photo: Pixabay

Oh, coffee, what would we do without you?  You’re there for us every morning. You keep us going when we’re totally mommed out. And, apparently, you may even help us live longer.

As if we needed another reason to down that coveted cup of Joe, two separate studies released this month suggest that daily coffee consumption is linked with a reduced risk of dying from any cause (well, except very old age, of course).

Even better, the study found the link whether or not the participants were drinking decaf or regular beans, so if you’re one of those people who gets jittery from too much caffeine (or you’re trying to stay away from the stuff while pregnant or nursing), you’re good, too!

Researchers from the Keck School of Medicine in Los Angeles tracked more than 185,000 people of various races and backgrounds for an average of 16 years. They found that those who drank one cup of coffee per day were 12 percent less likely to die during the course of the study than those who didn’t drink any; while those who drank two or more cups daily had an 18 percent reduced risk.

“It’s really reassuring to see similar patterns across very diverse populations with different lifestyle and genetic susceptibilities,” study author V. Wendy Setiawan said in a Consumer Reports article.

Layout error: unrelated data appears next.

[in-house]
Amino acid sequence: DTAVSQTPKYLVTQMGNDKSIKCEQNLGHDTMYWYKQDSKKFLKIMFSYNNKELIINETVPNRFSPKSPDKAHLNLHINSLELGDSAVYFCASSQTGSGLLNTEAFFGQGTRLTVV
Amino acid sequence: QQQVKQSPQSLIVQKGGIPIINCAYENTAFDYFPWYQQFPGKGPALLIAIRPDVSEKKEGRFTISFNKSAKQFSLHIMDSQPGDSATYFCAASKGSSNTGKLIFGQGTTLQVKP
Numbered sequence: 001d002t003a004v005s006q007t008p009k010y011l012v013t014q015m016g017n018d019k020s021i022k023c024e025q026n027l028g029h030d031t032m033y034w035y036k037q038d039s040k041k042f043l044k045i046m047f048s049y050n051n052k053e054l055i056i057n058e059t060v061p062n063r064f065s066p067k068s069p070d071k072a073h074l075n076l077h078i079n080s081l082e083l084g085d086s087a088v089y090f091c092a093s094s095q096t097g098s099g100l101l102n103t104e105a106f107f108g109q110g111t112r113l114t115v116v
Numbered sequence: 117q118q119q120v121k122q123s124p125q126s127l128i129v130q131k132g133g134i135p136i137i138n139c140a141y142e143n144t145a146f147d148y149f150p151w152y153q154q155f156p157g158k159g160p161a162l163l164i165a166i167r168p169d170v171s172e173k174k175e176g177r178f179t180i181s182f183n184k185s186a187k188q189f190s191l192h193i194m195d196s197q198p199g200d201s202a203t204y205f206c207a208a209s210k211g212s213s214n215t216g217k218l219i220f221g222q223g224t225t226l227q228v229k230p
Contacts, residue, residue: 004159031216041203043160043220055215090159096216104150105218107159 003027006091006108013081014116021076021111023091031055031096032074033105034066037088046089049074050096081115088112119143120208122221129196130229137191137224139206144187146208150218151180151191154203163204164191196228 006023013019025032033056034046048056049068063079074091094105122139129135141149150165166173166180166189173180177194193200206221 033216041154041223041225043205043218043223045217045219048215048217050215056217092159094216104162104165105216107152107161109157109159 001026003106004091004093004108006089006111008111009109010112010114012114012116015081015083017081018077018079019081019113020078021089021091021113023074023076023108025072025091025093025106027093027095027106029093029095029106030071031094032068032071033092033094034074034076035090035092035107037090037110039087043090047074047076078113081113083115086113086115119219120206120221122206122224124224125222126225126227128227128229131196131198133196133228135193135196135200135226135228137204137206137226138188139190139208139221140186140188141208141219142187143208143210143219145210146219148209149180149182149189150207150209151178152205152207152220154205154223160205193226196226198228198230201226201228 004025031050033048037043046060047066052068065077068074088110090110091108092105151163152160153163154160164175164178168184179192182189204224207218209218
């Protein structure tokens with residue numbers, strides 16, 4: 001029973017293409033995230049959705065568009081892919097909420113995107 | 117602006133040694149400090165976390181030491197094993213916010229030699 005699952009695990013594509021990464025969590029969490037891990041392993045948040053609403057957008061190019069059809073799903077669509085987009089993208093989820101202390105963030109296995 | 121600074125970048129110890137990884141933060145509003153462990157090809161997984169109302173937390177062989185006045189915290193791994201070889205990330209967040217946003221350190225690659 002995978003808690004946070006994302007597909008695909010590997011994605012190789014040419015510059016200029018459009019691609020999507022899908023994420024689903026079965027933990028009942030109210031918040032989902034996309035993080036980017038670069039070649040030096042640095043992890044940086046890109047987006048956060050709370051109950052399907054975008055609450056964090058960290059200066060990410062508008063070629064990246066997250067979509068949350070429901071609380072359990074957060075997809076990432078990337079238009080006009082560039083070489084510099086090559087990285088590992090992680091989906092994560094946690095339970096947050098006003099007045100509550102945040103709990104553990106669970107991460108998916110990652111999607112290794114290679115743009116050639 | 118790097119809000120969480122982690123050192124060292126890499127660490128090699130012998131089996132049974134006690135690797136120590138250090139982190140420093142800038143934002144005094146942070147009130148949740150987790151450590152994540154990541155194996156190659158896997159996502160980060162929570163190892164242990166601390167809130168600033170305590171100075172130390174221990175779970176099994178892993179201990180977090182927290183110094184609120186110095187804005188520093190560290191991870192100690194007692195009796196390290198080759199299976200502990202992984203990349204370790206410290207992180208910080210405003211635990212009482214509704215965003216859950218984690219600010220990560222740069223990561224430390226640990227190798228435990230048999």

The other study, also published in the Annals of Internal Medicine, followed more than 520,000 people from 10 different European countries for 16 years and found that men who drank three or more cups of coffee daily (it’s Europe — three cups is the norm!) had an 18 percent reduced risk of dying from various causes; while women had an 8 percent reduced risk. They also found that coffee drinkers were specifically less likely to die of liver or circulatory diseases.

So what’s so good about the grinds? Researchers aren’t completely sure, though it is thought that the benefit might have something to do with coffee’s natural antioxidant and anti-inflammatory properties.

“There are thousands of biologically active compounds in coffee and it’s hard to separate them,” Setiawan said in the article. “The benefit could come from a combination of all these compounds working together.”

How many cups of coffee do you drink per day? Tell us in the comments below.